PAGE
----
I confess – I was a bad person today. And here’s why….

One of my recent reads is Simon’s Singh‘s fun book The Simpsons and Their Mathematical Secrets, where Simon shares math gems from Simpson’s episodes hidden craftily by the math-centric series writers.

I confess I haven’t been a regular watcher of the Simpson’s for many years. This book took me back to the fun of many of the early episodes – like the corny “R D R R” gag from season 1.

One of my favorite math memories from the Simpsons is the early “Treehouse of Horror” episodes, where Homer is sucked into a strange “3D” world. It’s from this episode which I shared a screen-grab from the strange “Tron-esque” world as today’s class opener:

My math radar always goes off some when I see math included in movies or TV. Who exactly is providing the math – do they know anything about what they are sharing? Here, we are presented with an interesting equation:

Where the heck did they get that from? Is it just gibberish? Is it even true? (note – this is exhibit A as to why I was a bad person today – of course I know where it came from, but it’s time to dangle the bait in front of the kiddies)

Many students dove into their calculators to verify the equation, and there were quite different results:

In my morning class, a few students quickly “verified” that the equation was true, and the rest trusted them. Bless them…..I can now dangle more bait….

In my afternoon class, students were a bit more careful. You’ll find that the two sides of the equation share many leading digits, but the equal-ness falls apart in the later digits. One cunning student dicovered the Nspire will give a conclusive “false” when presented with the equation. This is shown below, along with the full calculations:

So now, exhibit B of “I am a bad person”. I then gave both classes the following challenge: I will give you a candy prize if you can name any positive integers which satsify the following:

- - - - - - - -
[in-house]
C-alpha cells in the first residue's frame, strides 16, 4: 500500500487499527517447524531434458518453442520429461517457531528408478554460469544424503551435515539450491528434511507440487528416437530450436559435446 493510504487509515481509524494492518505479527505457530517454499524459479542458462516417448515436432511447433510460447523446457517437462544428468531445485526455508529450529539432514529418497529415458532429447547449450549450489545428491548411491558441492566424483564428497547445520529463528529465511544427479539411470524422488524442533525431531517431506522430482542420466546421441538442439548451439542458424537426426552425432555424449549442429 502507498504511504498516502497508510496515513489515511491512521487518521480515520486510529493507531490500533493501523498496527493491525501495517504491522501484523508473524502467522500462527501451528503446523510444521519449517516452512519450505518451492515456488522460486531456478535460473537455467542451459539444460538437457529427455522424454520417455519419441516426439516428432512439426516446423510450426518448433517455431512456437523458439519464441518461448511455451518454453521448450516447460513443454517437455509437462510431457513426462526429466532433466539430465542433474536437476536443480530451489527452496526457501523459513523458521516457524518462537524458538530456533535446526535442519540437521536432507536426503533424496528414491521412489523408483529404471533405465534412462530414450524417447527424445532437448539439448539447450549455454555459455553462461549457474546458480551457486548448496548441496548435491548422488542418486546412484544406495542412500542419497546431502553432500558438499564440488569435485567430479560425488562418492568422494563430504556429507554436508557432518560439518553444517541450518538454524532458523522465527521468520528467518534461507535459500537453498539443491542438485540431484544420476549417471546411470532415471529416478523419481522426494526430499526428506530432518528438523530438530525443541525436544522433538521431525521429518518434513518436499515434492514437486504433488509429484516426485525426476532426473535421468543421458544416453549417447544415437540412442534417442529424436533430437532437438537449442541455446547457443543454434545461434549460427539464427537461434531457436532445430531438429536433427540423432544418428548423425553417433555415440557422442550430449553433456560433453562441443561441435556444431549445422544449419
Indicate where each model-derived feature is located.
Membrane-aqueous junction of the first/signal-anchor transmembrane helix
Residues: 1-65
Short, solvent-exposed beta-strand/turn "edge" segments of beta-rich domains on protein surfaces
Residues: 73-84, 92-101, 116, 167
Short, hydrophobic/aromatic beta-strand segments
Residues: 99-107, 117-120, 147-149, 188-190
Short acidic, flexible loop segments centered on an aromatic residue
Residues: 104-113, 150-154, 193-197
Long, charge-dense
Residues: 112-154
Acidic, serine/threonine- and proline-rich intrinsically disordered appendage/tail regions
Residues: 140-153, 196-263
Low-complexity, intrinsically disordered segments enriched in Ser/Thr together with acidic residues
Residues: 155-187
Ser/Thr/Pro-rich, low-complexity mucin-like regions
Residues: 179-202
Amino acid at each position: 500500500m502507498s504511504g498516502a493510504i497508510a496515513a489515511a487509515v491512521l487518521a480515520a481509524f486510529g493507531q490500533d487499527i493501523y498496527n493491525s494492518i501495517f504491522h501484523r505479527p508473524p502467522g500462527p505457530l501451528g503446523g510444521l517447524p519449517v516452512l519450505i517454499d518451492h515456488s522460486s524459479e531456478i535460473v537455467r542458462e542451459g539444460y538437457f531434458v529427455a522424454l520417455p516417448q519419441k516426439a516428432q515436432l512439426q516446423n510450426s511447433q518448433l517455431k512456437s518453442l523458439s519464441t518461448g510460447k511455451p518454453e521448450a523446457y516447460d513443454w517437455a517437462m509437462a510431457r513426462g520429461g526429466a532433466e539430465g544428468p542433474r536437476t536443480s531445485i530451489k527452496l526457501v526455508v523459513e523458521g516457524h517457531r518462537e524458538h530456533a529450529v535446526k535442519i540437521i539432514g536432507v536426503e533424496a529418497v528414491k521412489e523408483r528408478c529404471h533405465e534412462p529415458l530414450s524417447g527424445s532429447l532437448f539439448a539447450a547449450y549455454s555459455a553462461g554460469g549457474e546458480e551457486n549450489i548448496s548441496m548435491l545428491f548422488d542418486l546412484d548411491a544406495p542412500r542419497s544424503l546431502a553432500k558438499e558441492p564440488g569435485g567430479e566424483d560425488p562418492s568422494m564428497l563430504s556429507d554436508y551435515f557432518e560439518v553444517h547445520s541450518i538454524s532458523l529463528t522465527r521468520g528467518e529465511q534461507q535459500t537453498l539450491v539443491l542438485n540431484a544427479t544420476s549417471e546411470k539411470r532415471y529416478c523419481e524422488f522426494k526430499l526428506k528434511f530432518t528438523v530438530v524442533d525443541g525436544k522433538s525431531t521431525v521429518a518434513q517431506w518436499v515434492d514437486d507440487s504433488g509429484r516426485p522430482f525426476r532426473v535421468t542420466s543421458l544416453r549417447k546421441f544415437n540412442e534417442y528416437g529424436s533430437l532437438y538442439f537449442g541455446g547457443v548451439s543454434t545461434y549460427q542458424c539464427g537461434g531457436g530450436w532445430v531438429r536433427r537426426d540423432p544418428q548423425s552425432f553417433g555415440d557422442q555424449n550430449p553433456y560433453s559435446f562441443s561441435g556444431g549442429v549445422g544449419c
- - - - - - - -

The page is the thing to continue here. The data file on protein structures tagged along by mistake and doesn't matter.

, where n is a positive integer greater than 2.

I really admire the students who tried here, even those who pretty much ignored anything else we were trying to get done. The agony when they came oh so close to a solution, only to see it break apart. I really can’t let this go on, can I?

STUDENT: Do you have any advice for us? Please?

ME: Yes…give up.

STUDENT: Come on…give me a hint here.

ME: I am…give up, it’s the best advice I can give you.

Letting students off the hook, we shared a brief discussion of Fermat’s Last Theorem, and why the Simpsons’ folks were so clever with this “near miss” in their Halloween episode. Many stayed behind after class to hear more about some of math’s long-standing mysteries, and how exactly Fermat’s Theorem was eventually proven. After my bout of evilness, it was a pretty cool day.

The Simpson equation does claim that even + odd = even.

Calculators not required !

yep, we observed this eventually in one of my two classes. Sometimes simple is so much better than brute force.